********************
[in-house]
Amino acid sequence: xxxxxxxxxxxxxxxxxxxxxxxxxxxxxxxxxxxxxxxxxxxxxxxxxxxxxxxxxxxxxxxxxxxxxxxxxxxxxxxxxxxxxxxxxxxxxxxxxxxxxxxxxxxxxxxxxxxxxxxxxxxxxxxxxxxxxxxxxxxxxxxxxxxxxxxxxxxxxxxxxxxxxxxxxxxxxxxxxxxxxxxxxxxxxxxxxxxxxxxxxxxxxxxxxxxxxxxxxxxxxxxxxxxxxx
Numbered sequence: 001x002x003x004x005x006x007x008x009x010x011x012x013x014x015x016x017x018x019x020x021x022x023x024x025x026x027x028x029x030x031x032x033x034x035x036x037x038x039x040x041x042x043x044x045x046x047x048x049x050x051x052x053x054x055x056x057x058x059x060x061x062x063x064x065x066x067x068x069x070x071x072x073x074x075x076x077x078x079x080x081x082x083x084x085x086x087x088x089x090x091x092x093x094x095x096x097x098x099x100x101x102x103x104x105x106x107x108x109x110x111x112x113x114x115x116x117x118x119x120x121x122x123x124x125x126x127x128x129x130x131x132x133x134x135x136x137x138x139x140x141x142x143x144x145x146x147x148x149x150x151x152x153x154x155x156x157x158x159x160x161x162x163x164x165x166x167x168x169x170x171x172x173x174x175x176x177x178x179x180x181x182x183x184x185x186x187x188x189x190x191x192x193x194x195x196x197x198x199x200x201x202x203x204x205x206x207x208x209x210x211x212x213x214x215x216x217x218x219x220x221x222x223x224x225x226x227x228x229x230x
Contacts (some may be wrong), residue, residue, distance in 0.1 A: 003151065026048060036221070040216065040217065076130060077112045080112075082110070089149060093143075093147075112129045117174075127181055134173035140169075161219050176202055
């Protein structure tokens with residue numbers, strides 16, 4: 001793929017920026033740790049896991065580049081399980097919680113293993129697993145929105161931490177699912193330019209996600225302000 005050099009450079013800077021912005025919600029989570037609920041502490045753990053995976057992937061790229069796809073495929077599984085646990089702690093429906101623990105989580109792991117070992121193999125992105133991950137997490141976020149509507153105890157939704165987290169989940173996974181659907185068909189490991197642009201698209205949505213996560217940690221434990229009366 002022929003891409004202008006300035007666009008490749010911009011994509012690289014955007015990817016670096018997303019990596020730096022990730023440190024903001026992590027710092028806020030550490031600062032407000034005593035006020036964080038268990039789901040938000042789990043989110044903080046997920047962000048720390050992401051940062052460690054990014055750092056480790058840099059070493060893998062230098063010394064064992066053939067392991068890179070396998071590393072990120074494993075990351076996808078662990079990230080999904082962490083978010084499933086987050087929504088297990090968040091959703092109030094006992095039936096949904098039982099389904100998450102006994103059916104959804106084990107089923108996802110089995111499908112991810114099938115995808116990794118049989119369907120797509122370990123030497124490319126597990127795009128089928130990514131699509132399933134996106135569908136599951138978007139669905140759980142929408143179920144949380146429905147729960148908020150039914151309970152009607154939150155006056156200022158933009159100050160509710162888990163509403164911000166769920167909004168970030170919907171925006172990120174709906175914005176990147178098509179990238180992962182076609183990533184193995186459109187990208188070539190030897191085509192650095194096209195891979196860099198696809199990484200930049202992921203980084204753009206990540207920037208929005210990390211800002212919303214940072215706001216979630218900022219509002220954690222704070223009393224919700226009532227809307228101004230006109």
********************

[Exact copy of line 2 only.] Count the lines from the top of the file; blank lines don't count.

Amino acid sequence: xxxxxxxxxxxxxxxxxxxxxxxxxxxxxxxxxxxxxxxxxxxxxxxxxxxxxxxxxxxxxxxxxxxxxxxxxxxxxxxxxxxxxxxxxxxxxxxxxxxxxxxxxxxxxxxxxxxxxxxxxxxxxxxxxxxxxxxxxxxxxxxxxxxxxxxxxxxxxxxxxxxxxxxxxxxxxxxxxxxxxxxxxxxxxxxxxxxxxxxxxxxxxxxxxxxxxxxxxxxxxxxxxxxxxx